Wednesday, June 30, 2010

Lauren Greenfield

Lauren Greenfield

Picture 23

Picture 5

Picture 3

Picture 4

Picture 8

Picture 17

Picture 21

Picture 16

Picture 22

Picture 24

Picture 20

Lauren Greenfield
(American, 1966 - )

Artist Statement for her Girl Culture series:

Girl Culture has been my journey as a photographer, as an observer of culture, as part of the media, as a media critic, as a woman, as a girl.

These photographs are both very personal and very public. They are about what is private and what is public and where the line that divides the two lies, when that line exists at all anymore. They are about the popular culture we share and the way the culture leaves its imprint on individuals in their most public and private moments. They are about the girls I photographed. They are also about me. I was enmeshed in girl culture before I was a photographer, and I was photographing girl culture before I realized I was working on Girl Culture.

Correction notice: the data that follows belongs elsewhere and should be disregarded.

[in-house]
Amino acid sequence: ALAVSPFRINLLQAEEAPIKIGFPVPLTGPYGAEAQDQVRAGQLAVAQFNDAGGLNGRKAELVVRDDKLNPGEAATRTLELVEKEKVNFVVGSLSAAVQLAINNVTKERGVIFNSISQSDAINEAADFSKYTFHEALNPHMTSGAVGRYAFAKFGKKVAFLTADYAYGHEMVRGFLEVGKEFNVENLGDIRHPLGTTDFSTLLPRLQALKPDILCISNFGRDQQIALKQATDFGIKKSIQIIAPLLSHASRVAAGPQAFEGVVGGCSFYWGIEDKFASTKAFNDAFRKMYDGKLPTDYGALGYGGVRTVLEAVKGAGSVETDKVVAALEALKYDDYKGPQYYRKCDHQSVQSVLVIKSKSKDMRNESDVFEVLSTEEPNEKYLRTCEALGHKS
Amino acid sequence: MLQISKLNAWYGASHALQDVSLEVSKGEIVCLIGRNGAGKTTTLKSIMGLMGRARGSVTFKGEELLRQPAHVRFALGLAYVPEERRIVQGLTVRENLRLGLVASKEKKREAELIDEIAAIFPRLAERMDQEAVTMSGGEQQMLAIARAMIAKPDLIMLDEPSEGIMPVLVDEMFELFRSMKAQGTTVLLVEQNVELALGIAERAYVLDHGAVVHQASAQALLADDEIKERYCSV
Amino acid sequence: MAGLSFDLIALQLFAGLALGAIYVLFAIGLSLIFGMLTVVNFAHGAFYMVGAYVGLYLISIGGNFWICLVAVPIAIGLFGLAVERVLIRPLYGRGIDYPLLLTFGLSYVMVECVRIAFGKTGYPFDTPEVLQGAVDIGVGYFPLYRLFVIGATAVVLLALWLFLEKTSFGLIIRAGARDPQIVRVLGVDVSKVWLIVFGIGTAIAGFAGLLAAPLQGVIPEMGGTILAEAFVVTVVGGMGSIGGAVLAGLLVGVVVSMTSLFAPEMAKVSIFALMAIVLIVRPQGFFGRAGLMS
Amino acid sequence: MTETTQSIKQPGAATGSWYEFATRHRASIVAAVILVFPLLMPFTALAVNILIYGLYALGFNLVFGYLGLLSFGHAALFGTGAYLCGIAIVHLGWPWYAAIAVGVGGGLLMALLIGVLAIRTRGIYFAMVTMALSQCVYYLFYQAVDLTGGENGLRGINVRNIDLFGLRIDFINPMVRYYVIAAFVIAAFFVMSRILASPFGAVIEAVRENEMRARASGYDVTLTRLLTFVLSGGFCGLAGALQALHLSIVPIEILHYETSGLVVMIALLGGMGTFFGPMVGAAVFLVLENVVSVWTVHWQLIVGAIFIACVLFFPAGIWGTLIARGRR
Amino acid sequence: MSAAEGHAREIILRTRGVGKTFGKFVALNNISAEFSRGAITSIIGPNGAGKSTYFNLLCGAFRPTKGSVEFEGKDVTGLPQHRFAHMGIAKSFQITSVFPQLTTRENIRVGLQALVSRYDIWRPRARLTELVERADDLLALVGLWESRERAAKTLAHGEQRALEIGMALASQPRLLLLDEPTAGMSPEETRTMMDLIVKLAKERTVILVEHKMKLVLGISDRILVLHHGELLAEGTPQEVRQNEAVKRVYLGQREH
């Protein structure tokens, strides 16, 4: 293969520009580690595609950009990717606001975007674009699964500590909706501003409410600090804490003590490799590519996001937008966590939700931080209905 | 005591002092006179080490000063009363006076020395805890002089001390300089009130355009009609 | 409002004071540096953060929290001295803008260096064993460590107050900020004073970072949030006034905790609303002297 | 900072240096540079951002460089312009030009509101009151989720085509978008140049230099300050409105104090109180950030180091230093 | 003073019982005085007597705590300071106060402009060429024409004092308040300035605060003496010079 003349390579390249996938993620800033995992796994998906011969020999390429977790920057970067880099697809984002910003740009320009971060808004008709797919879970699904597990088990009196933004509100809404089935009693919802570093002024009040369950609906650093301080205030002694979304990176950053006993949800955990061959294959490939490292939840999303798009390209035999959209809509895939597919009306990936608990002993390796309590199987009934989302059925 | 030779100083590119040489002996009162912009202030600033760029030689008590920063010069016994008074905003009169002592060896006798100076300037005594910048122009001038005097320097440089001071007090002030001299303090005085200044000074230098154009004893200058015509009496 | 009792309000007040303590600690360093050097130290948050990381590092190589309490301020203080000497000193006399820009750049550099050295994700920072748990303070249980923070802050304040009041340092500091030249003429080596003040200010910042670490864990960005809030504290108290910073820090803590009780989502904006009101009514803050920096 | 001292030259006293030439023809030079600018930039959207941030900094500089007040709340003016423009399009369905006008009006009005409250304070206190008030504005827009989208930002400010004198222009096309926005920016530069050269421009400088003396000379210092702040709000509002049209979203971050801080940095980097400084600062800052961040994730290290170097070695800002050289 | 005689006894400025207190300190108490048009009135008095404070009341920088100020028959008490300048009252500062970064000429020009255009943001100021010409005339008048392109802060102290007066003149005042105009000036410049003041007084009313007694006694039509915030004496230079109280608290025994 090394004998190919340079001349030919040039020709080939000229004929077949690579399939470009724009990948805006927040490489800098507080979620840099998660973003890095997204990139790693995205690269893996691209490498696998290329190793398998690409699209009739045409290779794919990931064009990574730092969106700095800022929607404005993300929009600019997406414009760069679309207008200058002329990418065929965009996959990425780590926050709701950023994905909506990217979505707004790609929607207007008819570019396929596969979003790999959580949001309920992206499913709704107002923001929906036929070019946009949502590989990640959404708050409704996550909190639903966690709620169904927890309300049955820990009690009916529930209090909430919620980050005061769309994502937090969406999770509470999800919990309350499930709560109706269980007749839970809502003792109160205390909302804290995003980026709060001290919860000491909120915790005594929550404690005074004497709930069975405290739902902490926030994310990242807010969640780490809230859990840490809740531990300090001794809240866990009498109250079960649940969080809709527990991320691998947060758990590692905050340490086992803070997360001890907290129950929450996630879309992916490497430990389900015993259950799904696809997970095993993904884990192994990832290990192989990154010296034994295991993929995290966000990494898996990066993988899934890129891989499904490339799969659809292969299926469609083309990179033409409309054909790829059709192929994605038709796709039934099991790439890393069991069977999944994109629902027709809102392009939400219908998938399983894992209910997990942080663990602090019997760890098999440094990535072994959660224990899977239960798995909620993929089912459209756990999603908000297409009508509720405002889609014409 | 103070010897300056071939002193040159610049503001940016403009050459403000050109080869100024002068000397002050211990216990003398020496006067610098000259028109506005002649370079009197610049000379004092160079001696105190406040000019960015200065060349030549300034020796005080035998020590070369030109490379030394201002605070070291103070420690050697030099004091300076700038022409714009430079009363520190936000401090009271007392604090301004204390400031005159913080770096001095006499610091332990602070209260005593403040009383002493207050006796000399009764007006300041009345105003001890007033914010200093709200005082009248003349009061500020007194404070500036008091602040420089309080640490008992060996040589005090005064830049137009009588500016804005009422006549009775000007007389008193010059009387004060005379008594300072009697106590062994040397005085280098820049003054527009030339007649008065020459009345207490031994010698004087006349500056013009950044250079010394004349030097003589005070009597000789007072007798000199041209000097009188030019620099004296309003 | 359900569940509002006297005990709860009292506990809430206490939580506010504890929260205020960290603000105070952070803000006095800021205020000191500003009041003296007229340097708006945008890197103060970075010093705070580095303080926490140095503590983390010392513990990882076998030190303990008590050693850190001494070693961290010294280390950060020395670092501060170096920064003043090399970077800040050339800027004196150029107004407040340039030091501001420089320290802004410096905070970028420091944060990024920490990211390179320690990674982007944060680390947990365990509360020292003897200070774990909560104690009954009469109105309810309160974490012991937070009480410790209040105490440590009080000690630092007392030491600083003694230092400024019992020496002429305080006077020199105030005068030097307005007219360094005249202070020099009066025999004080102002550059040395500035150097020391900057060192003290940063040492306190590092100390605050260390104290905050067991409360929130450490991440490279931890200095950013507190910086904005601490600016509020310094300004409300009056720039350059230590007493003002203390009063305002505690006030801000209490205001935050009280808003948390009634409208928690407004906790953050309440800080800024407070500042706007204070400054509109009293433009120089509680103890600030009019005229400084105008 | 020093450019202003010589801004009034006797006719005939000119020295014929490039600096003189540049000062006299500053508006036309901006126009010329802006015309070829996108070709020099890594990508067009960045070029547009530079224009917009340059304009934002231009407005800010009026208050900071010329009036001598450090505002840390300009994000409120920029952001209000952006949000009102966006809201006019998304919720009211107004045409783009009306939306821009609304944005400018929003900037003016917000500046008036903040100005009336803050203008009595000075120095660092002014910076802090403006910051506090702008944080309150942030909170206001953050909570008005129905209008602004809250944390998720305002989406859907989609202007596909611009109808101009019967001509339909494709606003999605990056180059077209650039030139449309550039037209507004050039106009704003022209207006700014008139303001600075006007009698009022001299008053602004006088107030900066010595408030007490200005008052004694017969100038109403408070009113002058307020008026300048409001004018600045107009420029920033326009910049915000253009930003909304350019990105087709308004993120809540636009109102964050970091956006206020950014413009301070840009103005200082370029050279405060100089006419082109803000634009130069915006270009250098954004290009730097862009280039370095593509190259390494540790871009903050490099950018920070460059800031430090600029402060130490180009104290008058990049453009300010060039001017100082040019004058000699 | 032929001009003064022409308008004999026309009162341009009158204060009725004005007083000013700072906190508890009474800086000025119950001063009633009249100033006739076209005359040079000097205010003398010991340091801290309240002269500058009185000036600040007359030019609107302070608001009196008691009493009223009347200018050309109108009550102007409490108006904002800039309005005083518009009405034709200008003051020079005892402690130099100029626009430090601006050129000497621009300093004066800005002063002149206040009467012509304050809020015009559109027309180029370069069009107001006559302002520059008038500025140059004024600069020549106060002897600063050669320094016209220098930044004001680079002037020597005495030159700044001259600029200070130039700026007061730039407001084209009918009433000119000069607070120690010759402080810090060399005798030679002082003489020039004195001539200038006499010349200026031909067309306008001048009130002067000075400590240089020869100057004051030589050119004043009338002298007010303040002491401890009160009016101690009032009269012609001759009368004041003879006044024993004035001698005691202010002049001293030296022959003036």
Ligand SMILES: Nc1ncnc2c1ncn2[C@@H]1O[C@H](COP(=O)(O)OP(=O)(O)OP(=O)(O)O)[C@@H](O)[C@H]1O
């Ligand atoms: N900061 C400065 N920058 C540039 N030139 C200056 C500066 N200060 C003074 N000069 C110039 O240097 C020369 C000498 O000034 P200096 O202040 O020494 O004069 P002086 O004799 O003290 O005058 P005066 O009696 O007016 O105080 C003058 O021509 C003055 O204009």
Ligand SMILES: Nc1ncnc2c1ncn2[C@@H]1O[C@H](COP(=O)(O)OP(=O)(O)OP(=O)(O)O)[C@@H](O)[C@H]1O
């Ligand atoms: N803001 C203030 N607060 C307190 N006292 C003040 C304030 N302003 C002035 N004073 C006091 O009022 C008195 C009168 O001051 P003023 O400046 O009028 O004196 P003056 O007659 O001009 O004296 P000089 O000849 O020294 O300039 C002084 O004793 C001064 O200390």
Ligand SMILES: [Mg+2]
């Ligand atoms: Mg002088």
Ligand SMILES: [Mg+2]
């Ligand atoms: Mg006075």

In this work, I have been drawn to the pathological in the everyday. I am interested in the tyranny of the popular and thin girls over the ones who don’t fit that mold. I am interested in the competition suffered by the popular girls, and their sense that being popular is not as satisfying as it appears. I am interested in the costly and time-consuming beauty rituals that are an integral part of daily life. I am interested in the fact that to fall outside the ideal body type is to be a modern-day pariah. I am interested in how girls’ feelings of frustration, anger, and sadness are expressed in physical and self-destructive ways: controlling their food intake, cutting their bodies, being sexually promiscuous. Most of all, I am interested in the element of performance and exhibitionism that seems to define the contemporary experience of being a girl.